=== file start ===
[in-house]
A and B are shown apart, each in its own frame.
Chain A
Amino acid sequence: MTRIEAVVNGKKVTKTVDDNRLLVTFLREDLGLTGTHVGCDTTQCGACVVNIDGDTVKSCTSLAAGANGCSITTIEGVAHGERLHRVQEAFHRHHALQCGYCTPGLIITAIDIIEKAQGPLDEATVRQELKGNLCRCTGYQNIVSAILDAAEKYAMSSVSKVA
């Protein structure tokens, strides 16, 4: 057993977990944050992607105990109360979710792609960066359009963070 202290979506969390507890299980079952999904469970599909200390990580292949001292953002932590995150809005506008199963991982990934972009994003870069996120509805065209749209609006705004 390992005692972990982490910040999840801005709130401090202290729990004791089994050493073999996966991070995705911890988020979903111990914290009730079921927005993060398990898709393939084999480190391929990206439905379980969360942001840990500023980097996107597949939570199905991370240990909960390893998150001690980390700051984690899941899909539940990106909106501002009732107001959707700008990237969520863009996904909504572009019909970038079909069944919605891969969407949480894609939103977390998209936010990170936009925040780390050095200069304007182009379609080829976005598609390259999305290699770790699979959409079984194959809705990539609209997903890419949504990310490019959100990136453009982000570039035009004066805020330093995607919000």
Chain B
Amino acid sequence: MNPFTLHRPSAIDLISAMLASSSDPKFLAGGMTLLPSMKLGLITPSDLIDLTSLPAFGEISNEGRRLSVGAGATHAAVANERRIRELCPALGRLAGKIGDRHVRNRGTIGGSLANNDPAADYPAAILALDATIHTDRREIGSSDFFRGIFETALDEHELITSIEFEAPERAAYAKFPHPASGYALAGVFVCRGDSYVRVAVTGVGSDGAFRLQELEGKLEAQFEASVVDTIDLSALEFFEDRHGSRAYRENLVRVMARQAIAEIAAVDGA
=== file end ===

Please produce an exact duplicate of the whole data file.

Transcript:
[in-house]
A and B are shown apart, each in its own frame.
Chain A
Amino acid sequence: MTRIEAVVNGKKVTKTVDDNRLLVTFLREDLGLTGTHVGCDTTQCGACVVNIDGDTVKSCTSLAAGANGCSITTIEGVAHGERLHRVQEAFHRHHALQCGYCTPGLIITAIDIIEKAQGPLDEATVRQELKGNLCRCTGYQNIVSAILDAAEKYAMSSVSKVA
């Protein structure tokens, strides 16, 4: 057993977990944050992607105990109360979710792609960066359009963070 202290979506969390507890299980079952999904469970599909200390990580292949001292953002932590995150809005506008199963991982990934972009994003870069996120509805065209749209609006705004 390992005692972990982490910040999840801005709130401090202290729990004791089994050493073999996966991070995705911890988020979903111990914290009730079921927005993060398990898709393939084999480190391929990206439905379980969360942001840990500023980097996107597949939570199905991370240990909960390893998150001690980390700051984690899941899909539940990106909106501002009732107001959707700008990237969520863009996904909504572009019909970038079909069944919605891969969407949480894609939103977390998209936010990170936009925040780390050095200069304007182009379609080829976005598609390259999305290699770790699979959409079984194959809705990539609209997903890419949504990310490019959100990136453009982000570039035009004066805020330093995607919000």
Chain B
Amino acid sequence: MNPFTLHRPSAIDLISAMLASSSDPKFLAGGMTLLPSMKLGLITPSDLIDLTSLPAFGEISNEGRRLSVGAGATHAAVANERRIRELCPALGRLAGKIGDRHVRNRGTIGGSLANNDPAADYPAAILALDATIHTDRREIGSSDFFRGIFETALDEHELITSIEFEAPERAAYAKFPHPASGYALAGVFVCRGDSYVRVAVTGVGSDGAFRLQELEGKLEAQFEASVVDTIDLSALEFFEDRHGSRAYRENLVRVMARQAIAEIAAVDGA